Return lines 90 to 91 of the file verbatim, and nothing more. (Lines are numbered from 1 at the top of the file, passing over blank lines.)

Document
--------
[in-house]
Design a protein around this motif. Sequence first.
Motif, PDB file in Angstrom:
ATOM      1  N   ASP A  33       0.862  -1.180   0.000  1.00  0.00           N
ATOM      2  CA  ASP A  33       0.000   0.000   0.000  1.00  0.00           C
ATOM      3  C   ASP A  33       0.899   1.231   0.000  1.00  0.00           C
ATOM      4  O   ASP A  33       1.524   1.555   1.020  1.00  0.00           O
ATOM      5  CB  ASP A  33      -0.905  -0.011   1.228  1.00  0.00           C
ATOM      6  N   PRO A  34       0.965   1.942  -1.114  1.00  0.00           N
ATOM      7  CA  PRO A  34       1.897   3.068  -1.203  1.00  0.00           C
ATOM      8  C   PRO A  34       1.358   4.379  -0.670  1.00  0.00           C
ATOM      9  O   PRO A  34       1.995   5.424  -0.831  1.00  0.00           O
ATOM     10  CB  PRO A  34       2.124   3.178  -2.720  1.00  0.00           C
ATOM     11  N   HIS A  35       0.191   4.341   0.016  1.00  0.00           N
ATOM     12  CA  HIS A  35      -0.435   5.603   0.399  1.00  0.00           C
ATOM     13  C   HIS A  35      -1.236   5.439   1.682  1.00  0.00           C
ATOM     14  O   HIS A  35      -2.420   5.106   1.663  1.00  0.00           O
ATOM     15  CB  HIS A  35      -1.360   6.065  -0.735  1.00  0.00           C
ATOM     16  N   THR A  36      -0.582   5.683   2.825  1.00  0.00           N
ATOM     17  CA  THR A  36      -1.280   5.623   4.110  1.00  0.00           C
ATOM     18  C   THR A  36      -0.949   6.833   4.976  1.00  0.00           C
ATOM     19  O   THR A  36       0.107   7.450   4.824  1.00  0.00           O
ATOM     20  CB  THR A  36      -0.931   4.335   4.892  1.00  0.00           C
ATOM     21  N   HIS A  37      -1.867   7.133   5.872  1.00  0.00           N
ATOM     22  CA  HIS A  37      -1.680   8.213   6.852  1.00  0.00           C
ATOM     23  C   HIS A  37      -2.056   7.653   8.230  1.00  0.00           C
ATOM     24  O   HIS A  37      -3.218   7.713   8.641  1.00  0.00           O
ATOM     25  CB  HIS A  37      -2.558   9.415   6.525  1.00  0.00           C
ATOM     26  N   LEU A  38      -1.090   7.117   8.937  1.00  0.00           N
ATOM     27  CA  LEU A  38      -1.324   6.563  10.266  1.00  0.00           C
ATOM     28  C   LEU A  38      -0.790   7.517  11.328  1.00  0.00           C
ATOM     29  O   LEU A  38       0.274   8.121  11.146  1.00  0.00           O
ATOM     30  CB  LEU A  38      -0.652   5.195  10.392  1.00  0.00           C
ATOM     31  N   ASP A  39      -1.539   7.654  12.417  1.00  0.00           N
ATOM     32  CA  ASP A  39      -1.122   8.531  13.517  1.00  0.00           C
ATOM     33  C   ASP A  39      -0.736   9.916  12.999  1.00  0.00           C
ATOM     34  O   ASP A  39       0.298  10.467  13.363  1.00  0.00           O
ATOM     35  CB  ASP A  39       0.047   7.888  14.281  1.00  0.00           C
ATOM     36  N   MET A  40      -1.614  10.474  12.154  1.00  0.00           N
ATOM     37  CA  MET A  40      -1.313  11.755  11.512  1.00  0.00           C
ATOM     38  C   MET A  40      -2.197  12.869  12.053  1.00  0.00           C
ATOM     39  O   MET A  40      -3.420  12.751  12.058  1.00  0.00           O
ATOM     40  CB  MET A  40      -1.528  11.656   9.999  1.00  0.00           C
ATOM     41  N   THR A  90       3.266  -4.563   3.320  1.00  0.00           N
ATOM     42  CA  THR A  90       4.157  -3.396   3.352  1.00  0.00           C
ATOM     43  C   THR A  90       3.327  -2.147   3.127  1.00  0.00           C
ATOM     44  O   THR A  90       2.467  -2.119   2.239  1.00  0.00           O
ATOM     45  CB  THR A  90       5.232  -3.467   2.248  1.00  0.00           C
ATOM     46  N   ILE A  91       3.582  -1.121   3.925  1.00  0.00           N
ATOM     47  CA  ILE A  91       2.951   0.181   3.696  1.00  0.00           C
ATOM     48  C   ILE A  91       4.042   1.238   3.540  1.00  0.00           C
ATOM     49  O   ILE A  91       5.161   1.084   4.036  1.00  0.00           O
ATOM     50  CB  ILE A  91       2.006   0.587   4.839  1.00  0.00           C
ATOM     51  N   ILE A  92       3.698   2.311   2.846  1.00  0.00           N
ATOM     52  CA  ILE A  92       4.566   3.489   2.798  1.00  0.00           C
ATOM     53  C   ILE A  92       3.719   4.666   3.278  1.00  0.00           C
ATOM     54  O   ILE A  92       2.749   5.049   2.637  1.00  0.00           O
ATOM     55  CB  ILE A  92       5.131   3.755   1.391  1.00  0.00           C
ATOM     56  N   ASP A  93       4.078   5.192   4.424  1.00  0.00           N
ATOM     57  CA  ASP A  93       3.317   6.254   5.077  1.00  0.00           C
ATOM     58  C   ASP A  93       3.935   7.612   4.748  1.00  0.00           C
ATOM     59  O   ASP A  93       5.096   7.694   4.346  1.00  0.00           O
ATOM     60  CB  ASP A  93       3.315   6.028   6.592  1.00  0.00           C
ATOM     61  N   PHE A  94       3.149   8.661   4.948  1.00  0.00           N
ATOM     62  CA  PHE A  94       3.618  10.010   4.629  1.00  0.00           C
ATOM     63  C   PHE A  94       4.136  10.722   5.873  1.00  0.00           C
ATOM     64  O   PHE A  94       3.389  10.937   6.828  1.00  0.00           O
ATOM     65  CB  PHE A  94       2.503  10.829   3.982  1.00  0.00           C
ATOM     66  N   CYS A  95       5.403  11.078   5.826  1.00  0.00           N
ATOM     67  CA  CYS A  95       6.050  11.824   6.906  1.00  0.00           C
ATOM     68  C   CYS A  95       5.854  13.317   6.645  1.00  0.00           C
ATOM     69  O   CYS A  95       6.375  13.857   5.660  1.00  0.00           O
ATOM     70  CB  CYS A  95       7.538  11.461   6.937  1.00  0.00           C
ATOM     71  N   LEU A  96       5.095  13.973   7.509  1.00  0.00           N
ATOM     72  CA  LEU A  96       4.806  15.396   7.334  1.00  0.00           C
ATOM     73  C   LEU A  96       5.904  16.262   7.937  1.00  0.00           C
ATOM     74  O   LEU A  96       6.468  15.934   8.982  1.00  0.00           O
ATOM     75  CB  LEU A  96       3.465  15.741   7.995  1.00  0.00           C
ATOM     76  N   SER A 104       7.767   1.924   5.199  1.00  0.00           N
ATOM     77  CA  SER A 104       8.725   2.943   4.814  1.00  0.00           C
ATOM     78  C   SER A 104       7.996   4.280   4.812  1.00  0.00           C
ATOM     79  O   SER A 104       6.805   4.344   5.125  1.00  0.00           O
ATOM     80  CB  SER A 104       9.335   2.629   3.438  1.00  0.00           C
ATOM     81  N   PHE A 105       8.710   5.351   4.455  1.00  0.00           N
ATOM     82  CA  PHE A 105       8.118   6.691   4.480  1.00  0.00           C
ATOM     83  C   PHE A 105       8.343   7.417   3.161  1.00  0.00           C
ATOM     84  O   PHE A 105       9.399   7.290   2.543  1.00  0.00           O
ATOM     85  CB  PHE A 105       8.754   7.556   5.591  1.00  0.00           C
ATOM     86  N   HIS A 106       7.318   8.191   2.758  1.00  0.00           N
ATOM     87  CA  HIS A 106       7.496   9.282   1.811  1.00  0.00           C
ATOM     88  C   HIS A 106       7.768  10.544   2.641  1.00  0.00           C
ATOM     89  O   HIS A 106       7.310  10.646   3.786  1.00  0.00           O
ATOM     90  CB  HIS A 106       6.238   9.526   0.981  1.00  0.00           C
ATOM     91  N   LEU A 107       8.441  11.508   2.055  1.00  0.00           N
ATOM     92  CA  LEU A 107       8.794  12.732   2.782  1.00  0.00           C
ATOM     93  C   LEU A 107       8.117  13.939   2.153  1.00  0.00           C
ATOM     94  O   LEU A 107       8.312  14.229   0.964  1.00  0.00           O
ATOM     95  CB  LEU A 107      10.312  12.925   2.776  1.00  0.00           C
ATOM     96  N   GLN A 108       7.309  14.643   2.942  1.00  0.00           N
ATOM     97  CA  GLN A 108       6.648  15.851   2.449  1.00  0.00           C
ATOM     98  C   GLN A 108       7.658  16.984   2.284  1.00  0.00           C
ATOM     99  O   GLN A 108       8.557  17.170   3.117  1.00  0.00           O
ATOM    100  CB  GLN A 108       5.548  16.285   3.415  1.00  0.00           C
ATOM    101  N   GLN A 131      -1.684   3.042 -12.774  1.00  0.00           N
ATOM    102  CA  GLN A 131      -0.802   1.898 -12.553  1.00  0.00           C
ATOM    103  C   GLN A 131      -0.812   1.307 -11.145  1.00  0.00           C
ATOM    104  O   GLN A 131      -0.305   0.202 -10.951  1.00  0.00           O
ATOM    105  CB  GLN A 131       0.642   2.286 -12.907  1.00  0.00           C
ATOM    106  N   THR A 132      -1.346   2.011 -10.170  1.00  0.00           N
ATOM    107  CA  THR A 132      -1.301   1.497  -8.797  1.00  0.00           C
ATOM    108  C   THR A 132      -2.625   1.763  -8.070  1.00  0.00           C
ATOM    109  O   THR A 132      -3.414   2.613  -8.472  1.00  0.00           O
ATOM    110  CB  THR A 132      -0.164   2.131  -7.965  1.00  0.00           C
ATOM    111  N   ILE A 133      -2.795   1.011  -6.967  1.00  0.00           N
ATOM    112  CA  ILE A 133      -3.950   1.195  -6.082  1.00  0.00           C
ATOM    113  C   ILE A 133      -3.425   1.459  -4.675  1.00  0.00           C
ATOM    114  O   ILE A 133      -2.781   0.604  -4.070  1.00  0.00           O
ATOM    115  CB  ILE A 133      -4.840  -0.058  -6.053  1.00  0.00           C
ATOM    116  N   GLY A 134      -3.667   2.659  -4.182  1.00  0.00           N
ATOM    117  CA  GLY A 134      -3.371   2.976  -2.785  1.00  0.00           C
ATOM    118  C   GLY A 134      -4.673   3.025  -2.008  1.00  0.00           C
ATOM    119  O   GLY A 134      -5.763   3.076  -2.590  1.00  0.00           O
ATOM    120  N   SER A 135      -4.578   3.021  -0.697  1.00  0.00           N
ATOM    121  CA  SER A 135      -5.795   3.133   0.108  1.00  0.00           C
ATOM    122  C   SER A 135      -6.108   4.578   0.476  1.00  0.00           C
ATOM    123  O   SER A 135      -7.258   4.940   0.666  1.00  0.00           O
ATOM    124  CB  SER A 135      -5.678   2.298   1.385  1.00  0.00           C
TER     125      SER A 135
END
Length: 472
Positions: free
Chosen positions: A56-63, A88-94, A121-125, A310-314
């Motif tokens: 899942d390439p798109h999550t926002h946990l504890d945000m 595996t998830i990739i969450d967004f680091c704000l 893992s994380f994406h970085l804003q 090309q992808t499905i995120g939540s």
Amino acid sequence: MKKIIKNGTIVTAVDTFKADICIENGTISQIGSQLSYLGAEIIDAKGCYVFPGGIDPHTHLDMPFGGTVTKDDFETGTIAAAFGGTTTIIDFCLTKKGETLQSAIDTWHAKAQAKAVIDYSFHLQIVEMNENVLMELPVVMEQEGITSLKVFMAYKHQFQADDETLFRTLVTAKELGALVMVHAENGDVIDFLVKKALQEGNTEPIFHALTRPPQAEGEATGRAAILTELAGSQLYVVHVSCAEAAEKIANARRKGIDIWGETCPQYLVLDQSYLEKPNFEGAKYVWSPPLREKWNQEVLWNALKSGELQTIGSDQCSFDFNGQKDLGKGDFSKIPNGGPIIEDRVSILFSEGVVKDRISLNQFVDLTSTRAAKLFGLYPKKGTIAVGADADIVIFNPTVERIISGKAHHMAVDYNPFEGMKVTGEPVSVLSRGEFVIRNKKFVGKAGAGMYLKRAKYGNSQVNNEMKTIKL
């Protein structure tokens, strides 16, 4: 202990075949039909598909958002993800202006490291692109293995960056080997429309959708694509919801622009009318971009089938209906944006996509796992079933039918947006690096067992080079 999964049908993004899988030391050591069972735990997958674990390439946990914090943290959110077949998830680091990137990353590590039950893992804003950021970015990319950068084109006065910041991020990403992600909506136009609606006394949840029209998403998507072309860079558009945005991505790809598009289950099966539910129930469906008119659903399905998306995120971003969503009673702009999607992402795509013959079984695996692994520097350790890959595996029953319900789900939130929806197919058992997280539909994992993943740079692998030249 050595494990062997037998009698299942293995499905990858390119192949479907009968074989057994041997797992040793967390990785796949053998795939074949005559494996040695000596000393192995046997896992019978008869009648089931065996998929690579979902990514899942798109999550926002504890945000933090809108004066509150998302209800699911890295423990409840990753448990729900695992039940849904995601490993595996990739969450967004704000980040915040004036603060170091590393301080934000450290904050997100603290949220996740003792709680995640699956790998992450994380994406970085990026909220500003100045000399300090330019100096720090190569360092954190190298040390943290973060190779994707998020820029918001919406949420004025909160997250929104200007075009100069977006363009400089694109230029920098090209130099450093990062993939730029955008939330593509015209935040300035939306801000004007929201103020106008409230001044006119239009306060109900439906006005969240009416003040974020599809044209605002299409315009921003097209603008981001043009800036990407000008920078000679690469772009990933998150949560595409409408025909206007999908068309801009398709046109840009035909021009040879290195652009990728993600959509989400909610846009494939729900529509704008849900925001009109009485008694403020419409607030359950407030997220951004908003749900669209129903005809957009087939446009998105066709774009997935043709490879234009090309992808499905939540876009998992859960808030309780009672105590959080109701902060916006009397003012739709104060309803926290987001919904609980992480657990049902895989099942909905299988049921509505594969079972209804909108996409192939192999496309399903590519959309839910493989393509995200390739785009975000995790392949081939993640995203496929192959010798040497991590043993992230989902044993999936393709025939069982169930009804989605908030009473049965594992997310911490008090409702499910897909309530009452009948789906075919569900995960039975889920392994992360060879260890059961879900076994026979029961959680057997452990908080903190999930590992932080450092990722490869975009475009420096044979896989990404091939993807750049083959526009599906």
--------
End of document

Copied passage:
ATOM     87  CA  HIS A 106       7.496   9.282   1.811  1.00  0.00           C
ATOM     88  C   HIS A 106       7.768  10.544   2.641  1.00  0.00           C